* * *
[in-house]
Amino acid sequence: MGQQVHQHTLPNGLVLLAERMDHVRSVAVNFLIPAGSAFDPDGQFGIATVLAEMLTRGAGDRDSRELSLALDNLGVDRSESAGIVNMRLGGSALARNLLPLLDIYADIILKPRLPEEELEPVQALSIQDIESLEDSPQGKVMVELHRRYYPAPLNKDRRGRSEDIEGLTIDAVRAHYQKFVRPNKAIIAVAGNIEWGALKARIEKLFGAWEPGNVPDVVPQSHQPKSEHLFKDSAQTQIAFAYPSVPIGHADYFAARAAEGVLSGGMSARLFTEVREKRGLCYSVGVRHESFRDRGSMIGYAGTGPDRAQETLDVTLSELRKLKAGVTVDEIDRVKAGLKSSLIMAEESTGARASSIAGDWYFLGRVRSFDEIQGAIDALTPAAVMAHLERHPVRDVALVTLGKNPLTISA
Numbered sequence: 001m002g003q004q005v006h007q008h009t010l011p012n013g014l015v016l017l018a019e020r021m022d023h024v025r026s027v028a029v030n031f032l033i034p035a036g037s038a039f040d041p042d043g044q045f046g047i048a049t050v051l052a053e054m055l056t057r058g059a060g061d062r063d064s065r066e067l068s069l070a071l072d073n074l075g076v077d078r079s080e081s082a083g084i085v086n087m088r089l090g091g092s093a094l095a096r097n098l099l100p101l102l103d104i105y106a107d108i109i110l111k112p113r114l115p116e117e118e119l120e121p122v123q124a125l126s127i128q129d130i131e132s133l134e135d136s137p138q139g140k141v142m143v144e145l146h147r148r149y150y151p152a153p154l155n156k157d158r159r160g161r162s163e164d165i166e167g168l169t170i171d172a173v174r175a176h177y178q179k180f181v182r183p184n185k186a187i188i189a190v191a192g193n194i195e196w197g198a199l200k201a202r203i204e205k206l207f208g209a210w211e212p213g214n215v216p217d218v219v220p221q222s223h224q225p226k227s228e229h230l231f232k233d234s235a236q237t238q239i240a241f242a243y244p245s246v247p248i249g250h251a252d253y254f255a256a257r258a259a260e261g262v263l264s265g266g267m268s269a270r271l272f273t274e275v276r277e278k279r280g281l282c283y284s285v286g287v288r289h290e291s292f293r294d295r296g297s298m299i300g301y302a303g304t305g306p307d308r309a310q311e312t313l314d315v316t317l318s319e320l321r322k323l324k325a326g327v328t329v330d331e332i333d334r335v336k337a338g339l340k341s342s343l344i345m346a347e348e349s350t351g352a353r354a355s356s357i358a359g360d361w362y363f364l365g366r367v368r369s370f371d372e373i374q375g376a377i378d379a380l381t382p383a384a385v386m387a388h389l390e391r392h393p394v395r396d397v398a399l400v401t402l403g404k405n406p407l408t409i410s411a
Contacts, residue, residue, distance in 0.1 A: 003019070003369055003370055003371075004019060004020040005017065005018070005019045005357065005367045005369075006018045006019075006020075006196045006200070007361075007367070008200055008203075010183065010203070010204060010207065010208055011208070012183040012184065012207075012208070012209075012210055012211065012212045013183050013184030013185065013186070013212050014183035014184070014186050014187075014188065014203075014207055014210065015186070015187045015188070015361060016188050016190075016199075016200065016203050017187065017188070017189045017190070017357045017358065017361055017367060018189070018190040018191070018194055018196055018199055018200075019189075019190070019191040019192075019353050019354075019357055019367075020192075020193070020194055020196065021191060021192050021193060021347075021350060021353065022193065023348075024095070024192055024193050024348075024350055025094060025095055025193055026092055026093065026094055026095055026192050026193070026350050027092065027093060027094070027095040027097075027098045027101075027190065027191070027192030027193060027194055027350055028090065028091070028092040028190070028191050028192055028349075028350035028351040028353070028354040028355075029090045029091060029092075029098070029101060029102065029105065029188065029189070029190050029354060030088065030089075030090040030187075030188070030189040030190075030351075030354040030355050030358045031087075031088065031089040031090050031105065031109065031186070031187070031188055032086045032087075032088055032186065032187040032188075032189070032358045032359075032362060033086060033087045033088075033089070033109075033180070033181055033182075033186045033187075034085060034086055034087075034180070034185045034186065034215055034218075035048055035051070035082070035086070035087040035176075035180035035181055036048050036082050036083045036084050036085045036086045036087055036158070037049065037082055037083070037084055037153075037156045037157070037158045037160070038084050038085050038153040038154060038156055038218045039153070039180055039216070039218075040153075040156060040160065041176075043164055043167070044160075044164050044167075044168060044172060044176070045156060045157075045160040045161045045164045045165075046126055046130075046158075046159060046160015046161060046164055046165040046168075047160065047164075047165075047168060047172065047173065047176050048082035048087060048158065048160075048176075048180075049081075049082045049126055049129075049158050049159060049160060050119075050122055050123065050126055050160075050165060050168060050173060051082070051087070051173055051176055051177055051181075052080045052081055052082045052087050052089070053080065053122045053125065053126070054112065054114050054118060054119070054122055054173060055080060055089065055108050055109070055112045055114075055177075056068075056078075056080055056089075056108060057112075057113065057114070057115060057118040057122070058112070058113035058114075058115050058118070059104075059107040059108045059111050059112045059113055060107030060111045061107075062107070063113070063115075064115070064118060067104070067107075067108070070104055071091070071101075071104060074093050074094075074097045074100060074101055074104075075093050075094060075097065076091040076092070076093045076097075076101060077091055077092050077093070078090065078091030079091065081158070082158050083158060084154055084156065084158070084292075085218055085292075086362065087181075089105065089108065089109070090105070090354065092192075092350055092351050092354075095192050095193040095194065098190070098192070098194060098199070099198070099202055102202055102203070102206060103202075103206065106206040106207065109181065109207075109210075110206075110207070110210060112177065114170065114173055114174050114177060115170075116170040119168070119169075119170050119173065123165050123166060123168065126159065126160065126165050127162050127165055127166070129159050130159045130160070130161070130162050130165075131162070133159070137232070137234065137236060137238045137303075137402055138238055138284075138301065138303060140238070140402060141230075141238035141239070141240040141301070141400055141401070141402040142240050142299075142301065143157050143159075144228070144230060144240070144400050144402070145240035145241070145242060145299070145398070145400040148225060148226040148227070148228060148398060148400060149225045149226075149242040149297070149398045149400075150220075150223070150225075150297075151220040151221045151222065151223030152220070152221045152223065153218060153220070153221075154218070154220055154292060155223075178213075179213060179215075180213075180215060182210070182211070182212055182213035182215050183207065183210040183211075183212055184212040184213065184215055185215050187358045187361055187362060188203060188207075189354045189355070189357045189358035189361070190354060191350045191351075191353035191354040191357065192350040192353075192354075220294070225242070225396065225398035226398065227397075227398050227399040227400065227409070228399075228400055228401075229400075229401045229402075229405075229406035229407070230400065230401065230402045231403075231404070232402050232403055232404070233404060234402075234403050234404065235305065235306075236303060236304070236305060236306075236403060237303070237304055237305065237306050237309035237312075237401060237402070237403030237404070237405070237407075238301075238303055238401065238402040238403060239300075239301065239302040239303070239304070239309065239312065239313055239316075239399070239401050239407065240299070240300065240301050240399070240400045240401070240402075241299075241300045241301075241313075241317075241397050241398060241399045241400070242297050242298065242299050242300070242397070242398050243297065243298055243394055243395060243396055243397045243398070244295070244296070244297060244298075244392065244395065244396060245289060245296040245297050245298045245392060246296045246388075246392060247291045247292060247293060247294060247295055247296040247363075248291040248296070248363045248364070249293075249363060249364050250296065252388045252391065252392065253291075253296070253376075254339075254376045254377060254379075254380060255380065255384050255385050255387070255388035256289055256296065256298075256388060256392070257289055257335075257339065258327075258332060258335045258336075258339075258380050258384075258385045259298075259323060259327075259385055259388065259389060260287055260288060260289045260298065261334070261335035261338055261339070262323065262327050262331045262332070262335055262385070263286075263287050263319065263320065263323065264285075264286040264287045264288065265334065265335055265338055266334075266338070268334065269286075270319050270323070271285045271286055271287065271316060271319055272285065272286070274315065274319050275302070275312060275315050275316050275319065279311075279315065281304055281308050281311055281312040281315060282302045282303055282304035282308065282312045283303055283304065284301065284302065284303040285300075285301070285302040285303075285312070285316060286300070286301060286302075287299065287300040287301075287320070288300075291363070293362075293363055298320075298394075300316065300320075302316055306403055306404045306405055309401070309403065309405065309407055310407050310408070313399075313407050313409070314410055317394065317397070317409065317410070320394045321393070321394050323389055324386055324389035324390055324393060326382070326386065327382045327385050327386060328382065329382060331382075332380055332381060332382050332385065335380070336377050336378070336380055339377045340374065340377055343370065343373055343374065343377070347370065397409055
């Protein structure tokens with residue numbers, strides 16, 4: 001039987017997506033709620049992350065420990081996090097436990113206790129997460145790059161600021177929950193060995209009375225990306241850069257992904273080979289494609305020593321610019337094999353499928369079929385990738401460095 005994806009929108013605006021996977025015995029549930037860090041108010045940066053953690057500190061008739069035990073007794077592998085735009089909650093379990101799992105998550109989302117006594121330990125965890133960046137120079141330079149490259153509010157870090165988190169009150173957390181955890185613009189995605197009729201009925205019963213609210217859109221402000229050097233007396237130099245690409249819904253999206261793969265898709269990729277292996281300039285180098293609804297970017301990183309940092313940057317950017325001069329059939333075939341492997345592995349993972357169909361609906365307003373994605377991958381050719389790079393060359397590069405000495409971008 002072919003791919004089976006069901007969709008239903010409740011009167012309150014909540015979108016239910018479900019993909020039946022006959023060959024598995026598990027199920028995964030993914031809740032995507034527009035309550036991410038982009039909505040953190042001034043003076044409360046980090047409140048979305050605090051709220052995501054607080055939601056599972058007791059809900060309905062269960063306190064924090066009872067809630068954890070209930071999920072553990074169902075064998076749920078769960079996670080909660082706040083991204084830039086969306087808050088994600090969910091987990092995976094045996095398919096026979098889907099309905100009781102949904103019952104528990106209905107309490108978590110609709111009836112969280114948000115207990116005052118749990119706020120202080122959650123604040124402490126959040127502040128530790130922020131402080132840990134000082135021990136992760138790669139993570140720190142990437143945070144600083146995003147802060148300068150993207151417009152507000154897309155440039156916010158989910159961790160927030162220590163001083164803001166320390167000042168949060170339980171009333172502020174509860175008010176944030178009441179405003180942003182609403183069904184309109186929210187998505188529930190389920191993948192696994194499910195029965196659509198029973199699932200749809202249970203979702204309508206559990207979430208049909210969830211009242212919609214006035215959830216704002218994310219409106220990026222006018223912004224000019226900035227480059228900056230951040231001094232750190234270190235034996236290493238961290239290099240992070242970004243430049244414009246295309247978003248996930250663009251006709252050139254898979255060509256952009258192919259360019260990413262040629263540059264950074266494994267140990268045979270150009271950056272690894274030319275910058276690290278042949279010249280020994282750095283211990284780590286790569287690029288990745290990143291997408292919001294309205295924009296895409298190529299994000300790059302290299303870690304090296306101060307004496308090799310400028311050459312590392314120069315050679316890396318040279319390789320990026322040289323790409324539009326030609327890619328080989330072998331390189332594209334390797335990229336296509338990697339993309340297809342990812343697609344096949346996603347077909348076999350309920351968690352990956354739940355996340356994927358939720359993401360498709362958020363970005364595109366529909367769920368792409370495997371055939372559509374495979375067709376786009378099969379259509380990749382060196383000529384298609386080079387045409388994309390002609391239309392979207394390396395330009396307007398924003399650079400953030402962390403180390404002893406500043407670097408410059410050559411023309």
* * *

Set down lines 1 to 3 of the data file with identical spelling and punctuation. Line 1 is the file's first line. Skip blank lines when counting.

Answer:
[in-house]
Amino acid sequence: MGQQVHQHTLPNGLVLLAERMDHVRSVAVNFLIPAGSAFDPDGQFGIATVLAEMLTRGAGDRDSRELSLALDNLGVDRSESAGIVNMRLGGSALARNLLPLLDIYADIILKPRLPEEELEPVQALSIQDIESLEDSPQGKVMVELHRRYYPAPLNKDRRGRSEDIEGLTIDAVRAHYQKFVRPNKAIIAVAGNIEWGALKARIEKLFGAWEPGNVPDVVPQSHQPKSEHLFKDSAQTQIAFAYPSVPIGHADYFAARAAEGVLSGGMSARLFTEVREKRGLCYSVGVRHESFRDRGSMIGYAGTGPDRAQETLDVTLSELRKLKAGVTVDEIDRVKAGLKSSLIMAEESTGARASSIAGDWYFLGRVRSFDEIQGAIDALTPAAVMAHLERHPVRDVALVTLGKNPLTISA
Numbered sequence: 001m002g003q004q005v006h007q008h009t010l011p012n013g014l015v016l017l018a019e020r021m022d023h024v025r026s027v028a029v030n031f032l033i034p035a036g037s038a039f040d041p042d043g044q045f046g047i048a049t050v051l052a053e054m055l056t057r058g059a060g061d062r063d064s065r066e067l068s069l070a071l072d073n074l075g076v077d078r079s080e081s082a083g084i085v086n087m088r089l090g091g092s093a094l095a096r097n098l099l100p101l102l103d104i105y106a107d108i109i110l111k112p113r114l115p116e117e118e119l120e121p122v123q124a125l126s127i128q129d130i131e132s133l134e135d136s137p138q139g140k141v142m143v144e145l146h147r148r149y150y151p152a153p154l155n156k157d158r159r160g161r162s163e164d165i166e167g168l169t170i171d172a173v174r175a176h177y178q179k180f181v182r183p184n185k186a187i188i189a190v191a192g193n194i195e196w197g198a199l200k201a202r203i204e205k206l207f208g209a210w211e212p213g214n215v216p217d218v219v220p221q222s223h224q225p226k227s228e229h230l231f232k233d234s235a236q237t238q239i240a241f242a243y244p245s246v247p248i249g250h251a252d253y254f255a256a257r258a259a260e261g262v263l264s265g266g267m268s269a270r271l272f273t274e275v276r277e278k279r280g281l282c283y284s285v286g287v288r289h290e291s292f293r294d295r296g297s298m299i300g301y302a303g304t305g306p307d308r309a310q311e312t313l314d315v316t317l318s319e320l321r322k323l324k325a326g327v328t329v330d331e332i333d334r335v336k337a338g339l340k341s342s343l344i345m346a347e348e349s350t351g352a353r354a355s356s357i358a359g360d361w362y363f364l365g366r367v368r369s370f371d372e373i374q375g376a377i378d379a380l381t382p383a384a385v386m387a388h389l390e391r392h393p394v395r396d397v398a399l400v401t402l403g404k405n406p407l408t409i410s411a